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Some observations and opinions on the “zero” version of the draft treaty on business and human rights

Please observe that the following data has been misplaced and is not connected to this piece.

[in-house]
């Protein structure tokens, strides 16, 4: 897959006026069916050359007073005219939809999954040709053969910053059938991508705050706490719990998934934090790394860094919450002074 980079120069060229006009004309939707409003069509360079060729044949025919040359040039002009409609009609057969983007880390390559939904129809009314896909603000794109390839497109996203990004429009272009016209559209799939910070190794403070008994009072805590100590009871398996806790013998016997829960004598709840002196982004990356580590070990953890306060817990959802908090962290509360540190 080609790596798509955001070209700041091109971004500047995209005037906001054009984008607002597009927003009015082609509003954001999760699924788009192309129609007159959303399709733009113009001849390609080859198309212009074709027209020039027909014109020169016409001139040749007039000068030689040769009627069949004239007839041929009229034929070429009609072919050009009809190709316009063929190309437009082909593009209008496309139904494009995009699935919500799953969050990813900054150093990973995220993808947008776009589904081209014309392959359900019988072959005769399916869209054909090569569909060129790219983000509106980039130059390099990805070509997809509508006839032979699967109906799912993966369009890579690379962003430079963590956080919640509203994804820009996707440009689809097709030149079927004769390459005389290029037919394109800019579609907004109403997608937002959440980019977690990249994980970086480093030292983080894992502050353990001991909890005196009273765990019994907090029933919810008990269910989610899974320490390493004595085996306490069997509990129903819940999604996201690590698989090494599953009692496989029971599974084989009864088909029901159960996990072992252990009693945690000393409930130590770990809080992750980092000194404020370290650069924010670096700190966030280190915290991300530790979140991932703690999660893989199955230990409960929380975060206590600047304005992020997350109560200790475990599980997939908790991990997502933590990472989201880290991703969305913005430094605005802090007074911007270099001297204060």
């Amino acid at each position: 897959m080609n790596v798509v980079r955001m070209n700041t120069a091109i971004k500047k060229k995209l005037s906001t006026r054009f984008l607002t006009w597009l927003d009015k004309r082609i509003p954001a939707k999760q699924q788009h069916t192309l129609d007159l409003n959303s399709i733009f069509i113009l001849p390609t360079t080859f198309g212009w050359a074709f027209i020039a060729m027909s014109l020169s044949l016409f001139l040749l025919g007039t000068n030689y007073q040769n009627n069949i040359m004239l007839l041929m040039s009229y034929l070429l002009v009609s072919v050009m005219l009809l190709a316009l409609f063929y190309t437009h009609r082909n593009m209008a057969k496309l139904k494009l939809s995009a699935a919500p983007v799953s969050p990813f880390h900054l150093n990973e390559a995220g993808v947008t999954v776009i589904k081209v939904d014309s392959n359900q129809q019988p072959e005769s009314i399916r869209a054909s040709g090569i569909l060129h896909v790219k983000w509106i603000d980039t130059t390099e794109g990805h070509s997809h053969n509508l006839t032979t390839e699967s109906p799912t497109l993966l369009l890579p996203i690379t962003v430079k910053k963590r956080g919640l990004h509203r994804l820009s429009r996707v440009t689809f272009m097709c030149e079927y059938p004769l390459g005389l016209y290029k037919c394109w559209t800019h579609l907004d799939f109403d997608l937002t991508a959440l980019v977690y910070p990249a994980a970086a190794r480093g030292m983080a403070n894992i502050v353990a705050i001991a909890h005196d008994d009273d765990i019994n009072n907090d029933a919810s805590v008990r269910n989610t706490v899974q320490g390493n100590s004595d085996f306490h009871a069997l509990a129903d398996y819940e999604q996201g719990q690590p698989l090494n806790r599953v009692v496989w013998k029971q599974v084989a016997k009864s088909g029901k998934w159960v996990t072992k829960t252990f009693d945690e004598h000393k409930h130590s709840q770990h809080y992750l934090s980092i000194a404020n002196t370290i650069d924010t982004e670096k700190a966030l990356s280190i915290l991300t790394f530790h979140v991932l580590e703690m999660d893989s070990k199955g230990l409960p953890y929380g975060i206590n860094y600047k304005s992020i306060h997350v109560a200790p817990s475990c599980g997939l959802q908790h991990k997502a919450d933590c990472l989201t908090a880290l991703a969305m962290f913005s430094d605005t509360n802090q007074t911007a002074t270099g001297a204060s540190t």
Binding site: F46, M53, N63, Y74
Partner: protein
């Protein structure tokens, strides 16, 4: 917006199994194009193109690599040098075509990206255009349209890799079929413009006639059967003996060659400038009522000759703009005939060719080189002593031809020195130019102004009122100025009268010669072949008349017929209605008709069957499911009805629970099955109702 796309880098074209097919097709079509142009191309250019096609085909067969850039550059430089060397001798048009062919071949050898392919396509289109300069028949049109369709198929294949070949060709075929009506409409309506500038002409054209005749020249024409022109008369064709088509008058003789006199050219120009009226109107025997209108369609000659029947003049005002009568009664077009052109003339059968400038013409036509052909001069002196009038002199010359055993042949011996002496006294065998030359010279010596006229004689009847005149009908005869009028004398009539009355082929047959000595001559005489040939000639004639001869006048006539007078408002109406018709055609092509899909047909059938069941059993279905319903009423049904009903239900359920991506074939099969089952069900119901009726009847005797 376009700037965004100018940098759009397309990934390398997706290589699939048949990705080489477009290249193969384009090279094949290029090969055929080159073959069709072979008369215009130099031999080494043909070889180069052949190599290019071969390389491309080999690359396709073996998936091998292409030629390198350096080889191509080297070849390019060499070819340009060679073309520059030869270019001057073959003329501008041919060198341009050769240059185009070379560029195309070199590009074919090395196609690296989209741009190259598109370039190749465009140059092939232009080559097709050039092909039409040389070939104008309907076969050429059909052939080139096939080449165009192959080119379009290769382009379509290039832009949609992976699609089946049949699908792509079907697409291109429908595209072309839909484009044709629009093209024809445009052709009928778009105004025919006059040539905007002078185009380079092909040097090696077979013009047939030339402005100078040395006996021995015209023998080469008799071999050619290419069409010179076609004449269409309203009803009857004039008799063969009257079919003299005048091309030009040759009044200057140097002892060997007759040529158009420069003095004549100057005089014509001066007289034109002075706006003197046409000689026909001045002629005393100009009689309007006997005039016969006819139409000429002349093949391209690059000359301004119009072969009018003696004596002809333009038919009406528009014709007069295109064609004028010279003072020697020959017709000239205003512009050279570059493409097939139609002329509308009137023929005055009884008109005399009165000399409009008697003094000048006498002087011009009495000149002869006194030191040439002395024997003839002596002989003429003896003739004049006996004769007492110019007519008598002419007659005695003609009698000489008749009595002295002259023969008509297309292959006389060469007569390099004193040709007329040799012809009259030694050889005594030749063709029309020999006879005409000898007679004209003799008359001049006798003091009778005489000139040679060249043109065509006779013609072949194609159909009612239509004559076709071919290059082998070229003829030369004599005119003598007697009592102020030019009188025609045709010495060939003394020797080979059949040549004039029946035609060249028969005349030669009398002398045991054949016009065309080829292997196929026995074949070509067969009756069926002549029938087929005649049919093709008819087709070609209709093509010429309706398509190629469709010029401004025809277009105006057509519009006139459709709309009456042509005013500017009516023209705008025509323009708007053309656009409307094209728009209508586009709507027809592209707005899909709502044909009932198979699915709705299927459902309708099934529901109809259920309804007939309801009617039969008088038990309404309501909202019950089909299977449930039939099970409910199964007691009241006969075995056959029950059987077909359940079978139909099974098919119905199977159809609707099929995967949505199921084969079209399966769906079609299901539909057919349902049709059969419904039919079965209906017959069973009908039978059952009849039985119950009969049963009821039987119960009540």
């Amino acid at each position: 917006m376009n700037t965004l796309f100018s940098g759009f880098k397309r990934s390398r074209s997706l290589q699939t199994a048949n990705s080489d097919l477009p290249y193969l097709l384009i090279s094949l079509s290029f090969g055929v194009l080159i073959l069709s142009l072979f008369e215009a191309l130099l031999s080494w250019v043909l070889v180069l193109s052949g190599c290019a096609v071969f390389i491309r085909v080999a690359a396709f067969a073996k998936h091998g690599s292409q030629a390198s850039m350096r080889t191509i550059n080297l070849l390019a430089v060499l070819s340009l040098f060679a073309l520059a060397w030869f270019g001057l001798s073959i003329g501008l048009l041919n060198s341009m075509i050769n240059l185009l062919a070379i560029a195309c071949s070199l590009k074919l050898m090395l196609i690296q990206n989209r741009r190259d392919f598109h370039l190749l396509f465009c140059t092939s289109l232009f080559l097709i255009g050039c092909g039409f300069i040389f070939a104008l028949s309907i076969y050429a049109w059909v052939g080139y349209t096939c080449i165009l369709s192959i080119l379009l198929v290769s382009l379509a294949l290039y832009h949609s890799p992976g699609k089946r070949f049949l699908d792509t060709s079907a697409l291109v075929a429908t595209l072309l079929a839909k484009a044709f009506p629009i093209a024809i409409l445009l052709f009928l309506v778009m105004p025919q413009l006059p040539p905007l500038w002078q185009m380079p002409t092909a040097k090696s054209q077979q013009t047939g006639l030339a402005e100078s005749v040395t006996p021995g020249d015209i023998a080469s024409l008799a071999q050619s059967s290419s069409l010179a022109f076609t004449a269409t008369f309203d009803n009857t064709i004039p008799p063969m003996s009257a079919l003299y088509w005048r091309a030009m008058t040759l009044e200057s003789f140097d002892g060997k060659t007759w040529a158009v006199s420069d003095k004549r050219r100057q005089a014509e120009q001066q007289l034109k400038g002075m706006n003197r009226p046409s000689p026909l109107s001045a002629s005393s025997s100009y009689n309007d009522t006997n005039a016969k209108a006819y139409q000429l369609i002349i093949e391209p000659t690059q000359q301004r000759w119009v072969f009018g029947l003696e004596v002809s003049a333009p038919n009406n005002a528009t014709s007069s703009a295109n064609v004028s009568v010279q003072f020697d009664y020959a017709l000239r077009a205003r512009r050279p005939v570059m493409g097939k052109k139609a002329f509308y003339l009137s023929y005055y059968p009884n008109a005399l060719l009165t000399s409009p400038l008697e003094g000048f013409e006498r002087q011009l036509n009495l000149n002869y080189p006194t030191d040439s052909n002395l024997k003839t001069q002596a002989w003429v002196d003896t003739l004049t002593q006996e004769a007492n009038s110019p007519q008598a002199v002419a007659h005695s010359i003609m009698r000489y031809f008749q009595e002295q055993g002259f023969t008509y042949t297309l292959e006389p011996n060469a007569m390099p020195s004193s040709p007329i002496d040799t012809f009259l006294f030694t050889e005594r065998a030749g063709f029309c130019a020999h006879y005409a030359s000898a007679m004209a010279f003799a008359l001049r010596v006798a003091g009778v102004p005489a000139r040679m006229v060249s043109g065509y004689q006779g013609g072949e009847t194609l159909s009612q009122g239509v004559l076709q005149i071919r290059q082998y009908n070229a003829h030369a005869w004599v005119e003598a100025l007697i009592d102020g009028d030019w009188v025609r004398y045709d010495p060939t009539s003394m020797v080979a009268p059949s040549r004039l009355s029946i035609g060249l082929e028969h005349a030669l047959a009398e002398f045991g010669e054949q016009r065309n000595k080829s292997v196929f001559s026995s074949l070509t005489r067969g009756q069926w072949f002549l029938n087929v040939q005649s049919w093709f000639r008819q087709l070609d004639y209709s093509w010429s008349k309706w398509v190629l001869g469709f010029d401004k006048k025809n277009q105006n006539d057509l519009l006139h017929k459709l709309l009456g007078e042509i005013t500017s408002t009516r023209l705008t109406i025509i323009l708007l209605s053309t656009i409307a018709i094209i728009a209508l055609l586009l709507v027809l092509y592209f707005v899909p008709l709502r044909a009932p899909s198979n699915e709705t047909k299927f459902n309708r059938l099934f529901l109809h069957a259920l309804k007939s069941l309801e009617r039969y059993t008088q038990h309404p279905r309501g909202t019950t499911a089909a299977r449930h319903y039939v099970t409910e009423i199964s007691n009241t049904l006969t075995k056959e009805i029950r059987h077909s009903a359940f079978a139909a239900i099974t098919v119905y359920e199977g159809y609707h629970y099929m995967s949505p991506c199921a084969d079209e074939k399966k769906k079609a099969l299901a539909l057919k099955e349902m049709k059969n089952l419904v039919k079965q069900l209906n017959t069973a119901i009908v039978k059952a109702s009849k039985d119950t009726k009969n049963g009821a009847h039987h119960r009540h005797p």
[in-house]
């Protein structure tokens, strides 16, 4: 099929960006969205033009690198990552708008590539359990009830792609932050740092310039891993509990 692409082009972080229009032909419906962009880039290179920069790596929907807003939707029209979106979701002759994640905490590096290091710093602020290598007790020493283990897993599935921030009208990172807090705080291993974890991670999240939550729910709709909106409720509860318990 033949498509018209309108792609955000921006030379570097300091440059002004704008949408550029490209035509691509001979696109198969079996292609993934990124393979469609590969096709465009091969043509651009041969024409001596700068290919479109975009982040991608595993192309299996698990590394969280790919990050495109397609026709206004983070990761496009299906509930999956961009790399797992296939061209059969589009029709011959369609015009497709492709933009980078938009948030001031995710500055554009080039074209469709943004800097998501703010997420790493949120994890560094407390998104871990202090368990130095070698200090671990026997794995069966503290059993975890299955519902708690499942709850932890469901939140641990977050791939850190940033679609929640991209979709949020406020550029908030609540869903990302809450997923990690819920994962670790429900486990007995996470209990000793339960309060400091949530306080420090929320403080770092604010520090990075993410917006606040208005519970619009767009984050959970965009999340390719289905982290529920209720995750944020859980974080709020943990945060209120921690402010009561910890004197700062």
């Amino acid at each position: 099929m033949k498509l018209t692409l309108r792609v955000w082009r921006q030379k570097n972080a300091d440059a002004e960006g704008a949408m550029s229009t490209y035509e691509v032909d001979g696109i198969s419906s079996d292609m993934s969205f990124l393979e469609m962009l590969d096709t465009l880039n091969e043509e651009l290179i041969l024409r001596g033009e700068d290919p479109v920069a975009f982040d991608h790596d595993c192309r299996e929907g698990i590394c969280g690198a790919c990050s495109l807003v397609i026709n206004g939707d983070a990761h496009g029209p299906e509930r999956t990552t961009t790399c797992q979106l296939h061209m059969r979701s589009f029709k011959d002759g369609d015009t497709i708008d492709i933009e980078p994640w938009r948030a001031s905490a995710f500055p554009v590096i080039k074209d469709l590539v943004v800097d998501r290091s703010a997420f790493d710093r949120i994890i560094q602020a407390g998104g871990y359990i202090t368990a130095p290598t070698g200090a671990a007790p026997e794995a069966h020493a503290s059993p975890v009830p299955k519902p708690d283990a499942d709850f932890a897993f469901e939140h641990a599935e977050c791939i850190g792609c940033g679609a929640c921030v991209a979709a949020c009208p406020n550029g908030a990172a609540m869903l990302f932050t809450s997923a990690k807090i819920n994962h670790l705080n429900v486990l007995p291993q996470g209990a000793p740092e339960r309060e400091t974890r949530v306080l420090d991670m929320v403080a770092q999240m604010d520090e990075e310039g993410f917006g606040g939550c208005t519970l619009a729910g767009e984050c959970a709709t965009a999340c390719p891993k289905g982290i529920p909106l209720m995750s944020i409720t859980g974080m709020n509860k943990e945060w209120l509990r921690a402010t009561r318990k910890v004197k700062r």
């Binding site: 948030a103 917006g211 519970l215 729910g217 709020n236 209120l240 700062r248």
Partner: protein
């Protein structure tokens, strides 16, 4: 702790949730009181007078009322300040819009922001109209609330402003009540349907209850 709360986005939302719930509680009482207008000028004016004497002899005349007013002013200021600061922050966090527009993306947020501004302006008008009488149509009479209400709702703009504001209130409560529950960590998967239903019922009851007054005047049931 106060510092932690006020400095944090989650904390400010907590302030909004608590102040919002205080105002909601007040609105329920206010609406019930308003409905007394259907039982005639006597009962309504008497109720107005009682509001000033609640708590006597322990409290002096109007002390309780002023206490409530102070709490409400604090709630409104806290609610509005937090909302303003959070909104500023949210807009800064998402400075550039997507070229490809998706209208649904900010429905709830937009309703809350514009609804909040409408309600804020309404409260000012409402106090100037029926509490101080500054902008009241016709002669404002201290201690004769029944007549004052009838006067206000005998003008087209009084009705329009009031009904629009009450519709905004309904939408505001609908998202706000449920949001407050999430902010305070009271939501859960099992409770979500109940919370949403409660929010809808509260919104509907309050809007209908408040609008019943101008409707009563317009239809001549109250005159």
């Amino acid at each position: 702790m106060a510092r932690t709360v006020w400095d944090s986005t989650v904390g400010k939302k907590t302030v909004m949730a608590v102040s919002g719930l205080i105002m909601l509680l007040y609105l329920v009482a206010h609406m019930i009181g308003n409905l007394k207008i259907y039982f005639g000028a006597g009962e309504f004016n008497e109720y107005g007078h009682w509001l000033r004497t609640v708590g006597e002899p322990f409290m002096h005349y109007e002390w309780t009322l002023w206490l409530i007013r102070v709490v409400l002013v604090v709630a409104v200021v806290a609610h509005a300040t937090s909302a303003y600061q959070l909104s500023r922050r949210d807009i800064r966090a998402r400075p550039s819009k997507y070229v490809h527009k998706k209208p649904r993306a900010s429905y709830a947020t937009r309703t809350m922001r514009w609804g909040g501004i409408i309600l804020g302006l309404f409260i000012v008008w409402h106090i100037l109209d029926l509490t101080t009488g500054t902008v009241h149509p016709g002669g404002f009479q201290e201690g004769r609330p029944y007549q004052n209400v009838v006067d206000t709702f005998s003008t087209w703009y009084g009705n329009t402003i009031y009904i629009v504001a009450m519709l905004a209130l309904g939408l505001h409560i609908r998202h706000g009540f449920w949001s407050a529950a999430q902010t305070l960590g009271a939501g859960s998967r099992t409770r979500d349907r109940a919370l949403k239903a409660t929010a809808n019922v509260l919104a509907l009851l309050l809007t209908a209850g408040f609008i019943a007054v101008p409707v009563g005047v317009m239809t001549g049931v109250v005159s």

The very fact that the recently-published draft treaty “to regulate, in international human rights law, the activities of transnational corporations and other business enterprises” is expressly referred to as the “zero draft” is a testament to its embryonic character. Still, its very existence, however preliminary and uncertain its content, is a victory in itself, and the publicity of such content permits discussions from civil society and different stakeholders that can provide interesting inputs for negotiators. That being said, as Nadia Bernaz has argued, in some regards aspects as those on direct international obligations are rather conservative and refrain from alternatives that some describe as ‘idealistic’. Even if such were the definite content of a final agreement, that treatment of issues as that of direct obligations or others would not foreclose future –or even simultaneous— developments at all, insofar as business and human rights issues may well be regulated by other sources of international law, customary law and general principles of law included, as Surya Deva and Humberto Cantú have well expressed. Furthermore, the United States Court of Appeals for the Second Circuit acknowledged in the Kiobel v. Royal Dutch Petroleum case that corporate liability may well “gradually ripen [] into a rule of international law” –in spite of considering –wrongly, to my mind— that corporations had no responsibility under lex lata –needless to say, international law can and has addressed non-state actors whenever logical and normative conditions are observed, as doctrines on capacities of such actors have explained.

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